| Mar 03, 2005

Feature article, March 3, 2005

Feature article March 3, 2005

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Strike fears abate, ratification vote set for March 7.Memorandum of Understanding reached in South Frontenac Labour disputeby Jeff Green

After a 7 hour meeting between senior township staff and the executive of CUPE local 4336, which represents 33 South Frontenac Township employees, a tentative agreement was reached, said local 4336 President Trevor Greene.

The tentative agreement came about one day before a strike deadline. It is subject to approval by the Council of South Frontenac, who discussed the issue at an in camera meeting early Tuesday evening, and a ratification vote by union members scheduled for Monday, March 7.

The main issue that separated the two sides as of last weekend was the status of part-time employees. Were pretty good on all the other issues, Trevor Greene told the News last weekend, but there are five workers who work full time, year round, and have been working for up to five years, that receive no benefits. For us its an issue of fairness.


Neither side was revealing any details of the agreement that was reached on Monday.

The Memorandum of Understanding was considered by South Frontenac Council in a closed session prior to their regular meeting on Tuesday night. After the closed session, Council agreed to refer the Memorandum of Understanding to the members of CUPE local 4336 for their ratification vote on March 7.

Earlier on Tuesday, South Frontenac CAO Gord Burns had said it was possible Council could request further information from the union, so the decision to refer the memorandum directly to a vote by the union means the agreement has cleared one of two major hurdles and a strike is thus less likely.

The major effect of a work stoppage would be on road maintenance throughout the township and on garbage pickup in Portland district. The operations of the township office in Sydenham would be affected as well.

In case of a strike, we have tried to make contingencies for the major roads, but in the event of a large snowfall or freezing rain we would have to look at some further action. But thats not our focus right now, Burns said, adding, We are very hopeful of an amicable resolution to the process.

Notes from SF Council meeting: Tuesday, March 1, 2005

Mitchell Creek Bridge: the Ottawa Solution

In a classic example of using a sledgehammer to crack an acorn, Transport Canadas Navigable Waters Protection Program has ruled that the disintegrating Mitchell Creek Bridge must be replaced by a higher structure with vertical navigation clearance of 1.5m from the average June water level, to facilitate boat traffic. In doing so, they seem to have ignored all concerns about environmental impact or increased traffic in a fragile waterway. (Mitchell Creek is a loon nesting area connecting Desert Lake to Birch and Devil Lakes. Both of these lakes border Frontenac Wilderness Park, which forbids any use of motors within its boundaries.) The present, much lower clearance of the bridge, allows canoes and small motorboats access to the creek and the lakes beyond. Council and local residents feel this is adequate, and presents the most affordable solution. They have agreed to pursue various routes of political appeal in the next few weeks.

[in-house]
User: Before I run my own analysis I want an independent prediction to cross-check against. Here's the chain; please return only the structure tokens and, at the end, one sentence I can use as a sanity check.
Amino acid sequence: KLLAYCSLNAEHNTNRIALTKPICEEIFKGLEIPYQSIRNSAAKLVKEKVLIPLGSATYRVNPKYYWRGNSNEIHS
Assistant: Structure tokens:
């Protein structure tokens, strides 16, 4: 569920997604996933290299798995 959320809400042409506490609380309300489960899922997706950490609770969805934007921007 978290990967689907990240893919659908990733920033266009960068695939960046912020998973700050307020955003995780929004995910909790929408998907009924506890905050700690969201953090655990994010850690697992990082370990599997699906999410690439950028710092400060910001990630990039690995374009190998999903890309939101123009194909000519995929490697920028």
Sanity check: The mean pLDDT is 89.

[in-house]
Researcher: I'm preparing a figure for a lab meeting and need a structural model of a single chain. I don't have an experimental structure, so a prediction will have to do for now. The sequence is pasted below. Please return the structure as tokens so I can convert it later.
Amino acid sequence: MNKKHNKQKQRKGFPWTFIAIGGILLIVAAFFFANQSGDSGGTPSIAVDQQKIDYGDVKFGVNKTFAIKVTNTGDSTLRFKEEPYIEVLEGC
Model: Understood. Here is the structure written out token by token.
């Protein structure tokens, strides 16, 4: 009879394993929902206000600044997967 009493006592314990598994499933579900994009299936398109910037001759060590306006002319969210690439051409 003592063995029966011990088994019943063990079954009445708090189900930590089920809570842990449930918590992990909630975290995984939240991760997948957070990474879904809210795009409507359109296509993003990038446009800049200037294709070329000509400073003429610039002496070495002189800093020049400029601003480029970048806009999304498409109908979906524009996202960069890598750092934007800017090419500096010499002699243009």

Sydenham Water: New Tender Bids, Old Questions

David Waugh addressed Council on behalf of the Sydenham Safe Water Association. Using the March 1st low tender bid of $7,674,000, Waugh demonstrated a means of creating a projected total project budget based on the figures presently available. He offered his services free of charge to the township, if they wished help to draw up a similar, but official overall budget.

He asked for a household exemption policy to be established, which would take into consideration distance and elevation from the road, as well as soil and rock conditions.

The SSWA is also requesting a public information meeting (it has been two years since the last one) now that the new tender bids are in.

Councillor Davison contested Waughs use of the figure of $7,674,00, because it had included GST, which will not be charged. "If you start with skewed numbers," he said, "you will have problems at the end." Waugh replied that this was why he was offering to work with council: he needed their input to be able to draw up an accurate spreadsheet, which could be of benefit to both Council and villagers. Mayor Lake requested a written copy of Waughs presentation.

Councillor Robinson was present throughout: He later noted that he had come late to the last council meeting because of a personal commitment, not because he was avoiding the water issue.


A proposed by-law to regulate the sale and use of fireworks was tabled pending discussion with the fire chief, and some opportunity for public input.

Private Drainage into the Road System

Council adopted a new policy restricting the private use of the road system for property drainage. Details are available at the township hall.

New Member of the Order of Canada

Council agreed to extend their congratulations to Rod Fraser, retiring President of the University of Alberta, and long-time cottage owner on Clear Lake, Bedford. Dr Fraser has recently been awarded the Order of Canada.

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